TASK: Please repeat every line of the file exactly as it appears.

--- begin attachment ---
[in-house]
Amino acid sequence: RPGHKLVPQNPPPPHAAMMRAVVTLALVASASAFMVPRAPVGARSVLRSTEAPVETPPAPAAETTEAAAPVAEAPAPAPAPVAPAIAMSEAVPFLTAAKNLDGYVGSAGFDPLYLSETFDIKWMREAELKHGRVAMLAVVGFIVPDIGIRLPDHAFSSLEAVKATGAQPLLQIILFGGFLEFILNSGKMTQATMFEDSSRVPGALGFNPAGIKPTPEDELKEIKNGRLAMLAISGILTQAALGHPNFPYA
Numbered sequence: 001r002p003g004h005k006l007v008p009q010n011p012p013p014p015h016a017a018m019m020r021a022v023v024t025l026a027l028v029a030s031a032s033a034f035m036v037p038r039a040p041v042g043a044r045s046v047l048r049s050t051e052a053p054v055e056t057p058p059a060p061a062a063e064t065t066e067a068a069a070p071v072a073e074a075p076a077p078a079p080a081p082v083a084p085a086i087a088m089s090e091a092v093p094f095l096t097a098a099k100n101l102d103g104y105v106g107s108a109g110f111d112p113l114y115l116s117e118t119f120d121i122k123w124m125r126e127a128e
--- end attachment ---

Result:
[in-house]
Amino acid sequence: RPGHKLVPQNPPPPHAAMMRAVVTLALVASASAFMVPRAPVGARSVLRSTEAPVETPPAPAAETTEAAAPVAEAPAPAPAPVAPAIAMSEAVPFLTAAKNLDGYVGSAGFDPLYLSETFDIKWMREAELKHGRVAMLAVVGFIVPDIGIRLPDHAFSSLEAVKATGAQPLLQIILFGGFLEFILNSGKMTQATMFEDSSRVPGALGFNPAGIKPTPEDELKEIKNGRLAMLAISGILTQAALGHPNFPYA
Numbered sequence: 001r002p003g004h005k006l007v008p009q010n011p012p013p014p015h016a017a018m019m020r021a022v023v024t025l026a027l028v029a030s031a032s033a034f035m036v037p038r039a040p041v042g043a044r045s046v047l048r049s050t051e052a053p054v055e056t057p058p059a060p061a062a063e064t065t066e067a068a069a070p071v072a073e074a075p076a077p078a079p080a081p082v083a084p085a086i087a088m089s090e091a092v093p094f095l096t097a098a099k100n101l102d103g104y105v106g107s108a109g110f111d112p113l114y115l116s117e118t119f120d121i122k123w124m125r126e127a128e